ALAMEDA -- City officials hope to break ground on a new Emergency Operations Center this spring in the wake of the City Council moving forward with securing bond money to finance the project.

The center, which is projected to cost about $2.8 million, would be built at Buena Vista Avenue and Grand Street near the old Fire Station 3. The council voted Sept. 17 to secure the money by extending and refinancing lease revenue bonds, or Certificates of Participation, that were originally issued in 2002 for seismic and other upgrades at City Hall.

"Once we have the money, we are going to start going forward," City Manager John Russo said. "We have plans. We have everything ready. We just need to get a contractor on board to get going."

The work could begin as early as this spring, Russo said. The council's decision to replace the current emergency center in the Alameda Police Department basement follows city voters rejecting a ballot measure in June that would have raised the local sales tax to pay for the project.

The half-cent increase under Measure C also would have helped pay to replace Fire Station 3 on Grand Street, which has been closed for more than a decade because the building is not earthquake-safe.

Currently, firefighters assigned to the station work out of a neighboring former family home that the city rents. They mostly handle calls from the center of the Island.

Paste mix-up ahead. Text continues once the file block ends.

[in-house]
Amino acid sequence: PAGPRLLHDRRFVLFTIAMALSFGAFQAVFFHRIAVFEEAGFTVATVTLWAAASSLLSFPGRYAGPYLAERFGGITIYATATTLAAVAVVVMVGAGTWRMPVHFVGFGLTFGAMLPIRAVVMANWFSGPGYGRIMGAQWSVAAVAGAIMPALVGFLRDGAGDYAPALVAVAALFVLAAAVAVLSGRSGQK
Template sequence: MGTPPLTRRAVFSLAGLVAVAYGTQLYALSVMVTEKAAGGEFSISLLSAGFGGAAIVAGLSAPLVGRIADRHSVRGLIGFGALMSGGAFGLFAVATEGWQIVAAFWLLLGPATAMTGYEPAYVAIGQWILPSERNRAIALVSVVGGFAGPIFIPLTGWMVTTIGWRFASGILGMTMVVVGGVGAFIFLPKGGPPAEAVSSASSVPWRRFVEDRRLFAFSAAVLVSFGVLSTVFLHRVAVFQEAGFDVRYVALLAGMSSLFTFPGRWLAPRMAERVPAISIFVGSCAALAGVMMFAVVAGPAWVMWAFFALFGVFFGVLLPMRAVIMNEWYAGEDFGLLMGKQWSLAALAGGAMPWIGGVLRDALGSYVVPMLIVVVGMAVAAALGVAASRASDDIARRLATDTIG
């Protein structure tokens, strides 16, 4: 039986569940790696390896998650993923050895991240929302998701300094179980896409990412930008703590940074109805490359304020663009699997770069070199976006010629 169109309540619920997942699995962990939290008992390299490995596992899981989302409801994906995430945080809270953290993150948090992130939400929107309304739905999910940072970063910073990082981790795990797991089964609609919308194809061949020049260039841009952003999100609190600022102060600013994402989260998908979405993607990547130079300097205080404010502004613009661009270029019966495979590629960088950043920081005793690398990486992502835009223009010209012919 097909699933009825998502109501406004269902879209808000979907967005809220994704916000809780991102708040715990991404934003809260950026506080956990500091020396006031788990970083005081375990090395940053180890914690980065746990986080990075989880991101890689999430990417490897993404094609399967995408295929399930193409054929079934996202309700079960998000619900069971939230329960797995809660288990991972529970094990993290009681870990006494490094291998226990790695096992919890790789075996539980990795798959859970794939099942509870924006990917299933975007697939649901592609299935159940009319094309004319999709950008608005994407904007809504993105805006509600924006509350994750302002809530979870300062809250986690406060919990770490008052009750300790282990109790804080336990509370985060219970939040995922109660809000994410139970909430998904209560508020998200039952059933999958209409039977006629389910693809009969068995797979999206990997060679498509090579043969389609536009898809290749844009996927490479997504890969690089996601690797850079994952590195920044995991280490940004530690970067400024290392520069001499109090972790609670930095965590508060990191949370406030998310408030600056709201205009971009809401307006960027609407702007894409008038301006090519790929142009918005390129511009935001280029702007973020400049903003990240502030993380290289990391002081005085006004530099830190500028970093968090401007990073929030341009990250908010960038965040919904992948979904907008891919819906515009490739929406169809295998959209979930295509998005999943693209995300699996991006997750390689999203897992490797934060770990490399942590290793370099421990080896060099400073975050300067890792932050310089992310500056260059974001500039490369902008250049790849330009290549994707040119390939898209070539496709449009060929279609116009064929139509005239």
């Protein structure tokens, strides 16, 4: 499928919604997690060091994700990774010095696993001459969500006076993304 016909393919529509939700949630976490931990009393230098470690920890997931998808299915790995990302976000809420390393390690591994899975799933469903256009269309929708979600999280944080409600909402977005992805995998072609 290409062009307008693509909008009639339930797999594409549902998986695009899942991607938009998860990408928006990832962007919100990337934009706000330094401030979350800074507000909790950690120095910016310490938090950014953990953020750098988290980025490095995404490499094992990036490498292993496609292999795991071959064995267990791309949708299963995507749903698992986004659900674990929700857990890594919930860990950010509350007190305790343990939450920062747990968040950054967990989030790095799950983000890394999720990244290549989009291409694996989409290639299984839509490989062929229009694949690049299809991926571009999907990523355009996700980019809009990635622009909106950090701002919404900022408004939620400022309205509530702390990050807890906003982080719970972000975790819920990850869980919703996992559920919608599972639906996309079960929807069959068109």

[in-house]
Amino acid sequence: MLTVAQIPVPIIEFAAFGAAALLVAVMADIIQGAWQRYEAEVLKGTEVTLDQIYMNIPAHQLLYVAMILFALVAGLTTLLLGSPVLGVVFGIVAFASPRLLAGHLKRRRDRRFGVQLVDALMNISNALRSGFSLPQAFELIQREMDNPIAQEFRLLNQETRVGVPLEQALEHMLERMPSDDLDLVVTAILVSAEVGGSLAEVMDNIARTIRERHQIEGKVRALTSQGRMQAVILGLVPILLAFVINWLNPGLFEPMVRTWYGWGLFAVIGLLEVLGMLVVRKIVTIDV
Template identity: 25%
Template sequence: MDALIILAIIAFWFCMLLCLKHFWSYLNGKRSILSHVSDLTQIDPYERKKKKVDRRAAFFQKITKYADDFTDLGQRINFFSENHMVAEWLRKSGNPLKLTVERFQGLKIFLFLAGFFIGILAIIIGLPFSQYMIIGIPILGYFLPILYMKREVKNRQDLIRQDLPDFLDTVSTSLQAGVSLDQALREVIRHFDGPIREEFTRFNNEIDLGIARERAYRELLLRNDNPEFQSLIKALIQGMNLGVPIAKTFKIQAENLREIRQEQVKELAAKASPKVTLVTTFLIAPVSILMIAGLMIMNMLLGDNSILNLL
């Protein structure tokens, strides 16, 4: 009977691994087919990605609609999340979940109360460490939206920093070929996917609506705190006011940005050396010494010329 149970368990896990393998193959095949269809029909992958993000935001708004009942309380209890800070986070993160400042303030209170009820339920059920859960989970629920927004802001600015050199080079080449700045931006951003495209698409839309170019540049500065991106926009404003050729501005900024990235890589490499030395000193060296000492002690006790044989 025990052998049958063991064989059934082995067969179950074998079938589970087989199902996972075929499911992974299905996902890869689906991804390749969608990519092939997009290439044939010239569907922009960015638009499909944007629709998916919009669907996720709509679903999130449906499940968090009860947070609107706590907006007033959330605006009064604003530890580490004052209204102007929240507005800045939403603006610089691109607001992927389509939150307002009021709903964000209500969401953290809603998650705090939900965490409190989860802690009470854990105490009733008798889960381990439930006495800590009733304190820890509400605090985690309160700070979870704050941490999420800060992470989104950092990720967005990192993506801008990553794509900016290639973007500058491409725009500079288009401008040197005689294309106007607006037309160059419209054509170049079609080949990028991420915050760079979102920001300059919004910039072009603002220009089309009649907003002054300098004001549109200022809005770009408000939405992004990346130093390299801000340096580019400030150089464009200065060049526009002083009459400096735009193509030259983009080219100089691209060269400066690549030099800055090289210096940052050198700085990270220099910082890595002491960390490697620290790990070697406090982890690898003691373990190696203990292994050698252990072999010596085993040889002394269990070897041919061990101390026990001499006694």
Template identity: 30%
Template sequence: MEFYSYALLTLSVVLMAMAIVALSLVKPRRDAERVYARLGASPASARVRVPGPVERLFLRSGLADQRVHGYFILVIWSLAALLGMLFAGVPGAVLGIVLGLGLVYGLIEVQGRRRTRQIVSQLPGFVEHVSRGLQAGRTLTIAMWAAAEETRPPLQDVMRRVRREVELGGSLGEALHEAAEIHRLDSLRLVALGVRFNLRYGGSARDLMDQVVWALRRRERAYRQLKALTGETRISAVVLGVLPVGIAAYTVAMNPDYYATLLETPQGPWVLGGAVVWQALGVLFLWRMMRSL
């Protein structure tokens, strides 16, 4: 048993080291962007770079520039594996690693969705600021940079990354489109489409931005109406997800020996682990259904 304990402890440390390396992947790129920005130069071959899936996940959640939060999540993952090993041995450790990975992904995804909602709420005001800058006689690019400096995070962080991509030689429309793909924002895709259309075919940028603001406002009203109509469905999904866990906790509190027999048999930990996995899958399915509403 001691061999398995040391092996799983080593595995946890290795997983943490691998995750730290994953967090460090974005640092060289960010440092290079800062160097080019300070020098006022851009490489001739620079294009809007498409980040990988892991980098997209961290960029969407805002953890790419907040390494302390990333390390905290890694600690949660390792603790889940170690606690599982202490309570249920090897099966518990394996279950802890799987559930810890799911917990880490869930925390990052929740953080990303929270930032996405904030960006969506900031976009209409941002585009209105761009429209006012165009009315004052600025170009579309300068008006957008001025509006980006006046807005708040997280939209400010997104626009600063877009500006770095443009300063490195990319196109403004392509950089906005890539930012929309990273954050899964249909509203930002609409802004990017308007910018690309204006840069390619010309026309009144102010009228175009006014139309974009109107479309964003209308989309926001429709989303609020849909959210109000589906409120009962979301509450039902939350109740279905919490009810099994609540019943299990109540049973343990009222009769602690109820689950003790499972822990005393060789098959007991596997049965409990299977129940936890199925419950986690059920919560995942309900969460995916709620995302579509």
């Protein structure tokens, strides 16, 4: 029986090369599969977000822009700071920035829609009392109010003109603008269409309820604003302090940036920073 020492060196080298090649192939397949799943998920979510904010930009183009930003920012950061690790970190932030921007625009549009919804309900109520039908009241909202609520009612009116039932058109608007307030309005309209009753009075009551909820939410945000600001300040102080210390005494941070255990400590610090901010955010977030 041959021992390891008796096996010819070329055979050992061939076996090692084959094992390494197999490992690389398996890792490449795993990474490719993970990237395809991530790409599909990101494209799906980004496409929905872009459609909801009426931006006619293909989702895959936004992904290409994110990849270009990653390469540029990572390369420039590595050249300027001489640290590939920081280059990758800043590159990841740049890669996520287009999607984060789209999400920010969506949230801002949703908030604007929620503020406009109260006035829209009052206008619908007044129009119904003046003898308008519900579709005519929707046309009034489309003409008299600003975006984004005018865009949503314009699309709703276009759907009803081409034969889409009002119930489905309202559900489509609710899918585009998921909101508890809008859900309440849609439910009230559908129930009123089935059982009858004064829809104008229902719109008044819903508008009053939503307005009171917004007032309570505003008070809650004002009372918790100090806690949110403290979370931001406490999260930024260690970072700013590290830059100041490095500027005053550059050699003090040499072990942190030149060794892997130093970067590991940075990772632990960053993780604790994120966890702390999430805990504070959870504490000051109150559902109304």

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Supporters said Measure C was essential for public safety, but opponents said the emergency center and other projects were not necessary and that raising the sales tax would discourage shoppers and undermine business, especially in a sluggish economy.

While refinancing the 2002 bonds will cover the cost of the new emergency center, it will not provide enough money to also pay for a new fire station, Russo said. The cost of replacing the shuttered station could be as much as $7 million, according to city officials.

The certificates issued in 2002 were for about $11 million, and about $7 million remains on the unpaid principal, which is due in 2025. The plan approved by the council Sept. 17 will allow the city to obtain an additional $3 million and would extend the payments by five or eight years, depending on the interest rate.

The payments will be about $828,000 annually, said Fresh Marsh, the city's finance director.

"We want to get in there and take advantage of it now," Marsh said, noting that interest rates are currently low.

The payments will come from the General Fund, but the outlay is not expected to cause any additional deficit since the proposal approved by the council essentially continues an arrangement that began more than a decade ago. The city hosted a series of community meetings, including one in July at Mastick Senior Center, to gather input on the future emergency center and fire station, including possible building designs.

Reach Peter Hegarty at 5110-748-1654 or follow him on Twitter.com/Peter_Hegarty.

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